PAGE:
U.S. markets and stock exchange traded funds closed higher in half-day trading on Christmas Eve as optimistic traders looked to the coronavirus stimulus package, a Brexit deal and the quickening distribution of a vaccine.
On Thursday, the Invesco QQQ Trust (NASDAQ: QQQ) was up 0.3%, SPDR Dow Jones Industrial Average ETF (NYSEArca: DIA) was up 0.1% and iShares Core S&P 500 ETF (NYSEArca: IVV) rose 0.2%.
The U.S. House of Representatives blocked President Donald Trump’s bid to change the terms of the coronavirus relief package and government spending package after he insisted on a $2,000 direct payments to Americans, compared to the current $600, Reuters reports. The spending bill will make another round through Congress for a majority vote to override the President’s veto on Monday.
“If (stimulus) doesn’t get passed in some form or another it could mean severe consequences for the unemployed,” Peter Cardillo, chief market economist at Spartan Capital Securities, told Reuters.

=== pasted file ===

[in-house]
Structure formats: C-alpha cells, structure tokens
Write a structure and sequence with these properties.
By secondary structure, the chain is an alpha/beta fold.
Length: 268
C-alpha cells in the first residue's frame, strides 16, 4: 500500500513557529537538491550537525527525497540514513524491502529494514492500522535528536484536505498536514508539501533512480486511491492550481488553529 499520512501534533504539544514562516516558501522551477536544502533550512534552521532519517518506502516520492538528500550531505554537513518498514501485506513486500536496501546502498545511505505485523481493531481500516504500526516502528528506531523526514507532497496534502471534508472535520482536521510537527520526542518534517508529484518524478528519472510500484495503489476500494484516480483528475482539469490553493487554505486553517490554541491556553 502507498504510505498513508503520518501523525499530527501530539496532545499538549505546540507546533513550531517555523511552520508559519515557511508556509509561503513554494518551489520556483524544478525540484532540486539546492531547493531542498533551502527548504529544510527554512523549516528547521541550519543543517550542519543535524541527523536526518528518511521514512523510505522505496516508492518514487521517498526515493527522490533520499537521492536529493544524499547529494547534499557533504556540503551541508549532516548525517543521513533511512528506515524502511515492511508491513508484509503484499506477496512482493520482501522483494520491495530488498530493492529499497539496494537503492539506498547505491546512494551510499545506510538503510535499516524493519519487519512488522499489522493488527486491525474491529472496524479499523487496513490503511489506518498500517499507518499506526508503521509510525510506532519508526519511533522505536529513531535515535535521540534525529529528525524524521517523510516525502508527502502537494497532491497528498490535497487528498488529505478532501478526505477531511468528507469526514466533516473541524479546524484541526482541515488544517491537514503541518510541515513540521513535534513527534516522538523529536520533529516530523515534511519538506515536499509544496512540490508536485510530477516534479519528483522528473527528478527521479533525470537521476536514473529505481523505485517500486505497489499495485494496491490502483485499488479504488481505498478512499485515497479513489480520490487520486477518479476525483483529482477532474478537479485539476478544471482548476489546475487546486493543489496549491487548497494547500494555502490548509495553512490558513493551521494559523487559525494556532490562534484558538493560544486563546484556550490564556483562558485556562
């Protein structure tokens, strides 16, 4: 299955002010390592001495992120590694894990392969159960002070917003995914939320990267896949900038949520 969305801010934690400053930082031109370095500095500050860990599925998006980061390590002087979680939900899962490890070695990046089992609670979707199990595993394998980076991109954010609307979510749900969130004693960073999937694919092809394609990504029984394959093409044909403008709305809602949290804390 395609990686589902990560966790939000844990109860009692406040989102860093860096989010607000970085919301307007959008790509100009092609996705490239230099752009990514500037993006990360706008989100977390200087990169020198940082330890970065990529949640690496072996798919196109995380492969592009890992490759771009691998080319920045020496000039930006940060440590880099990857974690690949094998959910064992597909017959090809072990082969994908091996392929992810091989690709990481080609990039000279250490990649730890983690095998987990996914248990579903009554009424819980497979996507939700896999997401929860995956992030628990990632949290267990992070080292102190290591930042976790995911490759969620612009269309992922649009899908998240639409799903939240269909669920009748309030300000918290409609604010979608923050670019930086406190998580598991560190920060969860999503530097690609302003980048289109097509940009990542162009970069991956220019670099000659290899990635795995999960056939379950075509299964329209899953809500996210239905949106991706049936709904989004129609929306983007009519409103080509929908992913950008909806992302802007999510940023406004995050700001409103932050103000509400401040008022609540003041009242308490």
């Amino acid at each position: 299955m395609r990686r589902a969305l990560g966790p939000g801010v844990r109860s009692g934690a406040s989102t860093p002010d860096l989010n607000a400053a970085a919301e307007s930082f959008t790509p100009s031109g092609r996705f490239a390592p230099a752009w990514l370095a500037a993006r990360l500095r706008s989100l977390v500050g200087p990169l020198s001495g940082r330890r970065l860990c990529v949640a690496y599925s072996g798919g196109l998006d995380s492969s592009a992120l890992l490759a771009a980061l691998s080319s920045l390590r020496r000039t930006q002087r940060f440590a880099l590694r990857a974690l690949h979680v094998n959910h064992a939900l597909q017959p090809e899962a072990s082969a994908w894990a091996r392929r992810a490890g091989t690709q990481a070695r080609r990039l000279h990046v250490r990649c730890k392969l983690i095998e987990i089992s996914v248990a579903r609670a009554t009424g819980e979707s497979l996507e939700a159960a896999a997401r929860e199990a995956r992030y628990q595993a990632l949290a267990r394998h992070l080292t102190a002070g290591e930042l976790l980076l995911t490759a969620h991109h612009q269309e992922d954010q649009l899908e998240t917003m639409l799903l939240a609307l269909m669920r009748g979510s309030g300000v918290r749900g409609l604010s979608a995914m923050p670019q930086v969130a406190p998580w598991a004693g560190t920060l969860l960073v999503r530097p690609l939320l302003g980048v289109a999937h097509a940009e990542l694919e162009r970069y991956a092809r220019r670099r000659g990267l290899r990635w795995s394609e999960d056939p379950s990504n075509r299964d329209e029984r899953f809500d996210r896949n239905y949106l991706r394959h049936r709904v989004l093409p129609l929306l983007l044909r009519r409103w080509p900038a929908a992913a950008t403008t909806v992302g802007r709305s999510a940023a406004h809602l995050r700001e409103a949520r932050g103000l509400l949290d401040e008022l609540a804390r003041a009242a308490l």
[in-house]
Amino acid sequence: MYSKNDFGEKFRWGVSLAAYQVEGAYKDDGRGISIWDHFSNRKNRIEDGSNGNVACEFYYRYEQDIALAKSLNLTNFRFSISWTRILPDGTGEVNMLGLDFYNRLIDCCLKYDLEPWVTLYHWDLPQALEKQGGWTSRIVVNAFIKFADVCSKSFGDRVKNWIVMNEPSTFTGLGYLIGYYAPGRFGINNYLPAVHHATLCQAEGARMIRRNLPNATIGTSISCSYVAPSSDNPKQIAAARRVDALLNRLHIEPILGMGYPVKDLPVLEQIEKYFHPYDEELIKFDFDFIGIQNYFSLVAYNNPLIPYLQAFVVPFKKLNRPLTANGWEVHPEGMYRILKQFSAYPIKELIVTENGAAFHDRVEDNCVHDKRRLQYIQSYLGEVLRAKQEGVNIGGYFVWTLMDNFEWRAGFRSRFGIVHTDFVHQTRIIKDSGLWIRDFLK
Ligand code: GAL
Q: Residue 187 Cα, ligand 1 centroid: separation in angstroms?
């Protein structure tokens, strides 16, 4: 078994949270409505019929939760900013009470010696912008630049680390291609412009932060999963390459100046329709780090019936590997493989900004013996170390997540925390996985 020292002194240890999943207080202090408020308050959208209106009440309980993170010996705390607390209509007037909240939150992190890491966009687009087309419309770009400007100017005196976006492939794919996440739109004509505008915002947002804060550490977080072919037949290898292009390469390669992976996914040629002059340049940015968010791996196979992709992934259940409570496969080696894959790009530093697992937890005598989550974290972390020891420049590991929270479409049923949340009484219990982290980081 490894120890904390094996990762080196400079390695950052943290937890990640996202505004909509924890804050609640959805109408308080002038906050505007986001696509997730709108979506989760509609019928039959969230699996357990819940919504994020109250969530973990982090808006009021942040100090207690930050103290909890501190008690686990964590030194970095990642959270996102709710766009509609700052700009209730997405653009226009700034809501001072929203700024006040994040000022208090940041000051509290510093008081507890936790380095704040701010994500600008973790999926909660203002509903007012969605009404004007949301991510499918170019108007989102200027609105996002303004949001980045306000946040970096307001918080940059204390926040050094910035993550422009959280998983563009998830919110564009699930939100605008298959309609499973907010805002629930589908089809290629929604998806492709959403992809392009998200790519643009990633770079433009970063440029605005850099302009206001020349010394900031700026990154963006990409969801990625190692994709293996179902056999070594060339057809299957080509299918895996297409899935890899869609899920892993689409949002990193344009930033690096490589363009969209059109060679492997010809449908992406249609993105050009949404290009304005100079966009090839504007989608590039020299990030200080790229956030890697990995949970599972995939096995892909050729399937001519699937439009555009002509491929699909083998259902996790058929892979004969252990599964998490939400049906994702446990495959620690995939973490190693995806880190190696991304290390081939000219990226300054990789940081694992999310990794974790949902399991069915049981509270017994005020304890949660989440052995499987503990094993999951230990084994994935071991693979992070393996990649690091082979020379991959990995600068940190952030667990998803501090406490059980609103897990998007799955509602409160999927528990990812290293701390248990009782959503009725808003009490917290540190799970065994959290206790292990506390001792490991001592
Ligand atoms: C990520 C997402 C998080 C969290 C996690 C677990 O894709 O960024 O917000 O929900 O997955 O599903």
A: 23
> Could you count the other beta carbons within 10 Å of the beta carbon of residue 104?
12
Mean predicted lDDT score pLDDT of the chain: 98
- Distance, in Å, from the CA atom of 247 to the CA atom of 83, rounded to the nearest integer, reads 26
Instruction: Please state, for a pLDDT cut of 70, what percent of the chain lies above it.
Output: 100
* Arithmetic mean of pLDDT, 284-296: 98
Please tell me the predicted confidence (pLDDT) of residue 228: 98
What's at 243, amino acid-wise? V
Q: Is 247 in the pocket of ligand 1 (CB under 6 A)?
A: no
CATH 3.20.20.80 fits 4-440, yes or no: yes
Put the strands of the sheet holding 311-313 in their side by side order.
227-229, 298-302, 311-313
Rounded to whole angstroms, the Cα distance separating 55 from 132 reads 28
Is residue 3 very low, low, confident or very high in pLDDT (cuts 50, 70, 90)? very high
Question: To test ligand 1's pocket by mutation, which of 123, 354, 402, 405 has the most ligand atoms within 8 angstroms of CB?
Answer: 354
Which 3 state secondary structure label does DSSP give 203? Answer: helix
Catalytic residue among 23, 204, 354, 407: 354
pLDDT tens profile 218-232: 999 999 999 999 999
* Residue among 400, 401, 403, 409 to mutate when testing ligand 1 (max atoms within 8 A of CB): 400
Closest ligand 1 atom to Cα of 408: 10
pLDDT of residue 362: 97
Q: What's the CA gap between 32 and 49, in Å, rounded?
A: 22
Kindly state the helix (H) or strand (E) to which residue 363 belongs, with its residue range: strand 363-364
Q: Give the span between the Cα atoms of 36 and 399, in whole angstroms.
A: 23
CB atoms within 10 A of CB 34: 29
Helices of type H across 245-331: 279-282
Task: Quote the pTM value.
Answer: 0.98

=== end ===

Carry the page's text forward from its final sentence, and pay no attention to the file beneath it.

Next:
Garrett Melson, a strategist at Natixis Investment Managers, argued that the market’s reaction to the latest political strife is only short-term noise and investors are looking at the long-term picture.
“A lot of this is more bark than bite,” Melson told the Wall Street Journal.
The United Kingdom also reached a trade deal with the European Union on Thursday after months of negotiations, dodging the worst case scenario just days before completely breaking from the European trading bloc.
“(The Brexit deal) might be acting as a buffer for the market in the sense that it’s counteracting the negativity of the stimulus bill being stalled,” Cardillo added.
Meanwhile, over one million Americans have been administered the latest COVID-19 vaccination, but the coronavirus pandemic continues to spread in the U.S. Global leaders were also taking more aggressive measures to contain a more contagious variant of the virus in Britain.
“The market is so on edge at the moment. People are worried about more lockdowns, more travel restrictions,” Altaf Kassam, head of investment strategy for State Street Global Advisors in Europe, told the WSJ. “This will continue to bounce the market around.”
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